11/13/2002 12:00AM

Fans learn quickly to place bets earlier

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LOUISVILLE, Ky. - The new Churchill Downs Inc. policy that shuts down betting on the company's races with zero minutes to post appeared to have little impact on racing fans when implemented for the first time Wednesday.

Officials and fans at Churchill Downs said that because the new policy was so well publicized and announced so often, it was difficult to miss, and no major problems were reported at offtrack sites.

"There haven't been any problems," mutuel clerk Terri Smith said after several races at Churchill. "If you don't know about it by now, it's your own fault."

As Churchill's new policy was being phased in Wednesday, officials at the New York Racing Association, which operates Aqueduct, Saratoga, and Belmont, said they would adopt a similar procedure effective Dec. 4, but only at offtrack sites. Under NYRA's policy, betting will be shut down at offtrack sites when the first horse goes into the gate, but ontrack betting will continue until the starting gate opens, the officials said. The Churchill policy applies to all betting sites, on and off the track.

Like their counterparts at Churchill, NYRA officials said the policy will allow more accurate odds to be posted because it will give the tracks time to collect information from out-of-state sites and merge the data into their mutuel pools. Ontrack bets will be treated differently, NYRA officials said, because ontrack bets can be transmitted nearly instantly into the pools. NYRA cannot implement the policy until Dec. 4 because software at racetracks across the country will have to be updated to respond to a new stop-betting command.

At Churchill Downs on Wednesday, bright orange notices were prominently posted near betting windows, and announcer Luke Kruytbosch constantly reminded fans of the early closings as each race neared. The result was people betting earlier than normal, although occasionally a fan would be shut out.

Plans are for Churchill to implement the policy at all its tracks, including Hollywood Park, Calder, and Hoosier Park, which currently have live meets. As of Wednesday, Hollywood was still awaiting permission from the California Horse Racing Board to make the change. Calder, in Miami, and Hoosier, in Anderson, Ind., were scheduled to go to the new schedule on Thursday.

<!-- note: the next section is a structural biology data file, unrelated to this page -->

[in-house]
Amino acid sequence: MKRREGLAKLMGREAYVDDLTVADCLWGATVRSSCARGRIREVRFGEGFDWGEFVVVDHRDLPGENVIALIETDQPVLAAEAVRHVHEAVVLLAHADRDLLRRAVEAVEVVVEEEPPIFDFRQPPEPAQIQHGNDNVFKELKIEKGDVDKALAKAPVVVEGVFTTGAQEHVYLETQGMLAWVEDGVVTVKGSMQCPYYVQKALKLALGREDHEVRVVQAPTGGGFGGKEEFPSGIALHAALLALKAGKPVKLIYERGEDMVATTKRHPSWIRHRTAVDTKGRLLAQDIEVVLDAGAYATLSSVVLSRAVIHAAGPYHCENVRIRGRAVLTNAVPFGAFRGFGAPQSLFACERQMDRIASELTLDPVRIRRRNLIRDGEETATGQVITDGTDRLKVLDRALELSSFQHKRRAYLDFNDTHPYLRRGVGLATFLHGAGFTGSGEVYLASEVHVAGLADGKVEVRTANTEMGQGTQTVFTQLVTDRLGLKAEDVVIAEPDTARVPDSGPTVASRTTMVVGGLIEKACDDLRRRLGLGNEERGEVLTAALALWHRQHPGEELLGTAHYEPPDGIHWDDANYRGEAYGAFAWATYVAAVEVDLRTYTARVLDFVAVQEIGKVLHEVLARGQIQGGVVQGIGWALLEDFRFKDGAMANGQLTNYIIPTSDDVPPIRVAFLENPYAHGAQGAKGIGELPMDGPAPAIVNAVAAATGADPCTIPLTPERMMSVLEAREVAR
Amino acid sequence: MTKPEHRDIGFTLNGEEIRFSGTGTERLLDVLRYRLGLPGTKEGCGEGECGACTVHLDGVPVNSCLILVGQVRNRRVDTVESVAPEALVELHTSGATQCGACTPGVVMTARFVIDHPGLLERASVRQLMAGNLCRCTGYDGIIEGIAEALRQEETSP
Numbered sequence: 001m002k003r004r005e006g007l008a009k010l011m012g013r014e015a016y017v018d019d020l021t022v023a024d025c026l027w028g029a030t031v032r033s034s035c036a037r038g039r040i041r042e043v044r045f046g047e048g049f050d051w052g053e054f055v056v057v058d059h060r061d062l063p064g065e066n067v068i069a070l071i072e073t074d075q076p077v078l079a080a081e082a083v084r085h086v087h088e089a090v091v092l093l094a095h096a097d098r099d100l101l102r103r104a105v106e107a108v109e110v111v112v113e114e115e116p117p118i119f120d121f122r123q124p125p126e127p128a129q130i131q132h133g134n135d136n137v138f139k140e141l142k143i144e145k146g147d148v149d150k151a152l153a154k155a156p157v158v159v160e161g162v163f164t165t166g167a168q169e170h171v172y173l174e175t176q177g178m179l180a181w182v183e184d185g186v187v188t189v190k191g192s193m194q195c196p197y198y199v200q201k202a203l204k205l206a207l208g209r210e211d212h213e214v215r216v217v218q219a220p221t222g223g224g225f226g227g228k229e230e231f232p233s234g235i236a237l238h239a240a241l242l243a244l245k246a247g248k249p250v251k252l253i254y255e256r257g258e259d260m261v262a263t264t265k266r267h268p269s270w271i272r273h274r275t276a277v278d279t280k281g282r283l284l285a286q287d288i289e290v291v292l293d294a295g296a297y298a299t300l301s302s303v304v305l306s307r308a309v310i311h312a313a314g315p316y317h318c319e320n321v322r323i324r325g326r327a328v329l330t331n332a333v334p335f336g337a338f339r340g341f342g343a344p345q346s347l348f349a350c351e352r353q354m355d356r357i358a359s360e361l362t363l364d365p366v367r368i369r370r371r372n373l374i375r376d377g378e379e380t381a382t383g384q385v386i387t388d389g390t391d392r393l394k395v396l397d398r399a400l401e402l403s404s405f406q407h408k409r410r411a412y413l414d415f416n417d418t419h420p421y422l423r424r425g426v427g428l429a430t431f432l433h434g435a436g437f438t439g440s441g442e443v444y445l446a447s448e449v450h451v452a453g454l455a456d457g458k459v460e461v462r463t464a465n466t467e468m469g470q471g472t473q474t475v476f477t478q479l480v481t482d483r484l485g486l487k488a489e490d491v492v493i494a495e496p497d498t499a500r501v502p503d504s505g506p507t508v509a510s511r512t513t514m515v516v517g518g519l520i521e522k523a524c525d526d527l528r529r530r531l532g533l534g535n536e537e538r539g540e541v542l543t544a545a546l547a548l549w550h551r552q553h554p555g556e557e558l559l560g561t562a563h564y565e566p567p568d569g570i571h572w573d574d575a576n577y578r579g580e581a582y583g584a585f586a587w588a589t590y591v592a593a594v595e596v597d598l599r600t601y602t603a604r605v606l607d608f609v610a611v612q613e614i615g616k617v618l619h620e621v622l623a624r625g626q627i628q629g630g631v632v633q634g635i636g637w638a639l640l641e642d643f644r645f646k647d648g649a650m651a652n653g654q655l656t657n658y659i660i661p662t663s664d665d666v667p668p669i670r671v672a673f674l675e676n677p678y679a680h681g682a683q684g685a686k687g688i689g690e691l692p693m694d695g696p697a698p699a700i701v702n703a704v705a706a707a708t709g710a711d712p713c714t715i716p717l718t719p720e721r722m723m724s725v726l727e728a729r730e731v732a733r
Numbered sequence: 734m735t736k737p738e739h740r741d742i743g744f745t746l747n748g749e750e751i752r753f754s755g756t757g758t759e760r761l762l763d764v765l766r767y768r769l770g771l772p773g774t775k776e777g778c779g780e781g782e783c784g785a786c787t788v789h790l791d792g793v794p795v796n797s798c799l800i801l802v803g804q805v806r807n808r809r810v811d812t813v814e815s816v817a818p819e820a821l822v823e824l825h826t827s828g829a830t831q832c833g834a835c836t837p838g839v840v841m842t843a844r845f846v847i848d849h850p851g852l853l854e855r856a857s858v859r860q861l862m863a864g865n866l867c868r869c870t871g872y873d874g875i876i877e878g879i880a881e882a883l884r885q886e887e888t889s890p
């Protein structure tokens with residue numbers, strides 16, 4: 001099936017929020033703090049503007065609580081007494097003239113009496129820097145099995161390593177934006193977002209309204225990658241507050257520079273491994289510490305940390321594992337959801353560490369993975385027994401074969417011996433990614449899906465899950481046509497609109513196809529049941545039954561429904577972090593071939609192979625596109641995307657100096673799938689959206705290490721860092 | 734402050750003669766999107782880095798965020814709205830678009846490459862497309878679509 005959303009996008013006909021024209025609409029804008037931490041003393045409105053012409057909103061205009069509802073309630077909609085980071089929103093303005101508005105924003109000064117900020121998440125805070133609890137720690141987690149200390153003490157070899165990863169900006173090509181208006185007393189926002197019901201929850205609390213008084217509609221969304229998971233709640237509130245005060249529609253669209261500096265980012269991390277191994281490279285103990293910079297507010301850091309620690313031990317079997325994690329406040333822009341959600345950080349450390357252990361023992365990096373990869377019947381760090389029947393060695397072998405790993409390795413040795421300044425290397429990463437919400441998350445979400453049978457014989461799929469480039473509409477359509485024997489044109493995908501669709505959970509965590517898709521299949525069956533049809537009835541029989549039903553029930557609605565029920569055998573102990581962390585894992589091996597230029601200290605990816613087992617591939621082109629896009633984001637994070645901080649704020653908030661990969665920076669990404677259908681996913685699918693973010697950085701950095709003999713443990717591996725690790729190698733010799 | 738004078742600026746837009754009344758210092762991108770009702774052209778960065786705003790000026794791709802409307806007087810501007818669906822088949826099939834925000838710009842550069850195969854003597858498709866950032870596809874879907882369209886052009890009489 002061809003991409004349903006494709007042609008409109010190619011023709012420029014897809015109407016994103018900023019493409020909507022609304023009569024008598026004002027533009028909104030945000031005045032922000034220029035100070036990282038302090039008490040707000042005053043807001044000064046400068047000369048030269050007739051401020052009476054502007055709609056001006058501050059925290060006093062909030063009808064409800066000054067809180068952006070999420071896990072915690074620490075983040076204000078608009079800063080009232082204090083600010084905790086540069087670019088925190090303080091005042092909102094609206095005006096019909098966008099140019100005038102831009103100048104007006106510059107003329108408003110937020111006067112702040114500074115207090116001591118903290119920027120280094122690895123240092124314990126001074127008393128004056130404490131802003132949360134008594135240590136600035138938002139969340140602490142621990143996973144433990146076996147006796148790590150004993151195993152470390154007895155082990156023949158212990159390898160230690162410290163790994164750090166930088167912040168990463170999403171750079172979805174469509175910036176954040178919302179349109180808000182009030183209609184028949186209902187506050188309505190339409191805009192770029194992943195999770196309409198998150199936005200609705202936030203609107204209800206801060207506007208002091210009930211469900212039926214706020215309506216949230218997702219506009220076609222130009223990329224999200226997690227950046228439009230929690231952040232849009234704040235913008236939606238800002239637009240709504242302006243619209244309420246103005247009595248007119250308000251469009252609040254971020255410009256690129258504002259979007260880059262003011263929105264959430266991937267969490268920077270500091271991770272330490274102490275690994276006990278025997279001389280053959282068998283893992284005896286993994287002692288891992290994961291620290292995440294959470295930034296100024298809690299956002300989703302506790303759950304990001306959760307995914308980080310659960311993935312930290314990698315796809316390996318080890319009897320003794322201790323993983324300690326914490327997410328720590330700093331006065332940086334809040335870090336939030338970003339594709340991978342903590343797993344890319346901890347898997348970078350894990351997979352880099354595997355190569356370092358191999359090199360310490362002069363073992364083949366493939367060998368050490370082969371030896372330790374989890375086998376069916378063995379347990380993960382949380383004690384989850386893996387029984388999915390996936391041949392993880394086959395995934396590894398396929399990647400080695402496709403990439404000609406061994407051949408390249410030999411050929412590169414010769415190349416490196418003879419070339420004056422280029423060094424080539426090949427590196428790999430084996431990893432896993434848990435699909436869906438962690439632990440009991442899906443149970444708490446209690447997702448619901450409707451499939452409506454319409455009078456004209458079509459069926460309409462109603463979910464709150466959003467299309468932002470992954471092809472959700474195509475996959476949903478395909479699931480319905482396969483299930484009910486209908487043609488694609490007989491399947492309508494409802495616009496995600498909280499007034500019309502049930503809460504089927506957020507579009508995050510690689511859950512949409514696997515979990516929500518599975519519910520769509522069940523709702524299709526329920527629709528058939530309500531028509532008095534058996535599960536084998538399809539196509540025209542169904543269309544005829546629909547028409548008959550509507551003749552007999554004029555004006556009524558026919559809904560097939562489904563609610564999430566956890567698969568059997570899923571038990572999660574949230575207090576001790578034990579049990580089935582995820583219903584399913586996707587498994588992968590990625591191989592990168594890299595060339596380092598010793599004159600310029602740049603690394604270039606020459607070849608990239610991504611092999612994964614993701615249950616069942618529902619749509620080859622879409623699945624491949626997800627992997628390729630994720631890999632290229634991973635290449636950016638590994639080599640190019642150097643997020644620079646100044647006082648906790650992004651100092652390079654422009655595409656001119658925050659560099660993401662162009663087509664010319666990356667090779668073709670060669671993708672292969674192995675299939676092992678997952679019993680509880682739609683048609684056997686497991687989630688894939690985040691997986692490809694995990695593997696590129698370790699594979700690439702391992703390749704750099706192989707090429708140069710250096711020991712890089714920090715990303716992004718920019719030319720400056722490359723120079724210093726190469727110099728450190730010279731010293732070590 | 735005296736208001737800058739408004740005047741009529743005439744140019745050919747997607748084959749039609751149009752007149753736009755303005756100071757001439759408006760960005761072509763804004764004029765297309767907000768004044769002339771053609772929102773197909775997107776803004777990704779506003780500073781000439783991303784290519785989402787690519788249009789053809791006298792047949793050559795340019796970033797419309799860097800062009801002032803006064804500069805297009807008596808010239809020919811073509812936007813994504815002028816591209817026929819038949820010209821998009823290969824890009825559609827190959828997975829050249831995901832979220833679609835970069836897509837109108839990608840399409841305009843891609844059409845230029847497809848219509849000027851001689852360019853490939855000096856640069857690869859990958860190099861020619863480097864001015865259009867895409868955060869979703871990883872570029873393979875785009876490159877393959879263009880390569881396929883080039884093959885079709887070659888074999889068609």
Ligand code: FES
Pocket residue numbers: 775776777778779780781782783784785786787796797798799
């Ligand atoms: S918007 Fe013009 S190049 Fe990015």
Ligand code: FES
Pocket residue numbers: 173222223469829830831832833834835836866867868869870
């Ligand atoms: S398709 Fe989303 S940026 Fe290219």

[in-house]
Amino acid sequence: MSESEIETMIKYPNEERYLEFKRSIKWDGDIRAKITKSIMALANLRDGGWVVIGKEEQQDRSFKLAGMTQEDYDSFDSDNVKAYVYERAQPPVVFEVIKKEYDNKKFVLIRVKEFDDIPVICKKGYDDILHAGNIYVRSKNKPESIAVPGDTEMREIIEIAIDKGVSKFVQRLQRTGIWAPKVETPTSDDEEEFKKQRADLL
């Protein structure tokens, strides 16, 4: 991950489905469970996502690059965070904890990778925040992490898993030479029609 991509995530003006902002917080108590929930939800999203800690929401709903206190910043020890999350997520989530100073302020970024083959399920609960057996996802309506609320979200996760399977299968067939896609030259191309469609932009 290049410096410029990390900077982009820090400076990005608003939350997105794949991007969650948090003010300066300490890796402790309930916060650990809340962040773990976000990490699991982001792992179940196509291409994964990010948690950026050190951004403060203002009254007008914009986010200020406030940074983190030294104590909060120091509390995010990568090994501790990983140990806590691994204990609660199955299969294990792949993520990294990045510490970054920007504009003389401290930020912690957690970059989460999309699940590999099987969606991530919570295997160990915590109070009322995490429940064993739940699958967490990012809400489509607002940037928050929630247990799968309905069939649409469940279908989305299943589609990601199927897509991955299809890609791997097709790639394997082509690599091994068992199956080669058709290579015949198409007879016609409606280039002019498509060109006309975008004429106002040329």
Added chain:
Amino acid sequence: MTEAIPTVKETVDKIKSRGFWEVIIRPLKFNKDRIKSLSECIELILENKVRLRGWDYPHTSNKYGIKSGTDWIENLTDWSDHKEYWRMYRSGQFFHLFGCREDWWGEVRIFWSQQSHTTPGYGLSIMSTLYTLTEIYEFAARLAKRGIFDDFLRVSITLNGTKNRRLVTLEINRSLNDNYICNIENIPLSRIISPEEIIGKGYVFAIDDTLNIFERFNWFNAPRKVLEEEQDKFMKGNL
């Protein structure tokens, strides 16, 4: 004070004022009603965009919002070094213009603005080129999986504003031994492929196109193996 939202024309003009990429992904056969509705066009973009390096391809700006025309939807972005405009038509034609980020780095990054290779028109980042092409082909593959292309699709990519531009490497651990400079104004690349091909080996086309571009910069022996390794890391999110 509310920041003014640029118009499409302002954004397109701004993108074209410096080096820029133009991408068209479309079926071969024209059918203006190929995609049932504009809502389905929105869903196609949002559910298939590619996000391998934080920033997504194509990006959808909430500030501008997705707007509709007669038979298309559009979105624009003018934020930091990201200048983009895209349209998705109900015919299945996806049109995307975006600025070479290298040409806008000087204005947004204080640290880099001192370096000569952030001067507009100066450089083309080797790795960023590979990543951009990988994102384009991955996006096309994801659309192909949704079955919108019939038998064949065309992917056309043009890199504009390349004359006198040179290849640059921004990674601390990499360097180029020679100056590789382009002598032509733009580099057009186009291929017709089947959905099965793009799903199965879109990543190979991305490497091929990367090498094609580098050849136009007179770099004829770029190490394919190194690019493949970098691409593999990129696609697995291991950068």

The policy was initiated in the wake of the Breeders' Cup pick six betting scandal and was intended to address concerns that odds frequently change significantly between the time a race starts and when payoffs are posted.

On Wednesday at Churchill, about two or three minutes transpired between the time when betting was cut off and a race was started. Late money trickled in after the cutoff time but never after the race had begun.

Some fans said that although the new policy might disrupt their usual betting habits, the change was needed.

"I feel like I was getting cheated on some occasions by somebody who was past-posting," said Tony King, an everyday racegoer at Churchill. "This way is okay, but I still think they're going to lose money.

"There's got to be a better way. Hopefully one of the tote companies will come up with a program that lets people bet up until post, and you still get to see the final odds just a few seconds after the break."

Churchill mutuels director Rick Smith said after six of nine races had been run Wednesday that ontrack handle was down about 10 percent from last year, "which actually is fairly close to what we've been tracking all meet." He said that because New York and California were dark Wednesday, a comparison of all-sources handle to the corresponding 2001 date would be useless.

"It's going to be hard to make a judgment just off today," said Smith. "We've got a light crowd both here and out in the simulcast world. I think Thursday will make for reasonable comparison, and then Saturday will be the real test."

Churchill officials have not said whether the zero-minute policy will be permanent. Kentucky Racing Commission executive director and chief steward Bernie Hettel said he and other officials are hopeful that computer software can be created by early next year that would alleviate the need for the zero-minute policy while also "maintaining the system's integrity."

- additional reporting by Matt Hegarty